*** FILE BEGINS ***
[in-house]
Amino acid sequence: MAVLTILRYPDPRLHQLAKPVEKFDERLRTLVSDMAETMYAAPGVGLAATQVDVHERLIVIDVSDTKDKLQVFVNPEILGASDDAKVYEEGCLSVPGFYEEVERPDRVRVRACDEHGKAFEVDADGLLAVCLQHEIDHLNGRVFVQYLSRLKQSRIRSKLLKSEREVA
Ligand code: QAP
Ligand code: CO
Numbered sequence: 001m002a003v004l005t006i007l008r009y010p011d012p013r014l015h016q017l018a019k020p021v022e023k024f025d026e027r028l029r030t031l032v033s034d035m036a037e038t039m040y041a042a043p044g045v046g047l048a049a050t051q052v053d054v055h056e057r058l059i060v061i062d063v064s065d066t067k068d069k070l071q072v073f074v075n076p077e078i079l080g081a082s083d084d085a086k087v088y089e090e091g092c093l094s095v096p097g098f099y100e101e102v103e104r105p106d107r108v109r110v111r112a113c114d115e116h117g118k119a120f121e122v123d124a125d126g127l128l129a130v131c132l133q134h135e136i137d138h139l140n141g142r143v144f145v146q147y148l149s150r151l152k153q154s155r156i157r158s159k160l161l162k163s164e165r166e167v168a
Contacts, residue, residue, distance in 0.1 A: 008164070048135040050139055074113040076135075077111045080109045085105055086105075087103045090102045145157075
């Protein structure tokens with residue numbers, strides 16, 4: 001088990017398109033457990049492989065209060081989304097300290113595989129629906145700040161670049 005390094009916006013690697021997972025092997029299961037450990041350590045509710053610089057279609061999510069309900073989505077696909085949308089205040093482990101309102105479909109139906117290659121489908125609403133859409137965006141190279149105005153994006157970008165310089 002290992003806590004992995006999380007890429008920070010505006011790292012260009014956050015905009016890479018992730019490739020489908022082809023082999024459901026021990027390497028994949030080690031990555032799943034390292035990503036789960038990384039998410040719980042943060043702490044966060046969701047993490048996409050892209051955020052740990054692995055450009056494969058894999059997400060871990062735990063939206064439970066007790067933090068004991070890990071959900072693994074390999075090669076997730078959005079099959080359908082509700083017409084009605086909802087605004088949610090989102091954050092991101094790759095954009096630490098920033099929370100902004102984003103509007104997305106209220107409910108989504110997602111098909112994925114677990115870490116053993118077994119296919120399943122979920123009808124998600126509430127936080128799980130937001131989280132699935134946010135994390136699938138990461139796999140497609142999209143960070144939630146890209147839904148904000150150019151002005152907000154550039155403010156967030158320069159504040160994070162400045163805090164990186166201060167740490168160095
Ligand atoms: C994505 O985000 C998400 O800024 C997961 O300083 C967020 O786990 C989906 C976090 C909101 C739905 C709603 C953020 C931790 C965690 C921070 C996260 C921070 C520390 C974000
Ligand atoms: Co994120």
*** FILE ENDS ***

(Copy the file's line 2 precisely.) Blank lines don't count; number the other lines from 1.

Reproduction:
Amino acid sequence: MAVLTILRYPDPRLHQLAKPVEKFDERLRTLVSDMAETMYAAPGVGLAATQVDVHERLIVIDVSDTKDKLQVFVNPEILGASDDAKVYEEGCLSVPGFYEEVERPDRVRVRACDEHGKAFEVDADGLLAVCLQHEIDHLNGRVFVQYLSRLKQSRIRSKLLKSEREVA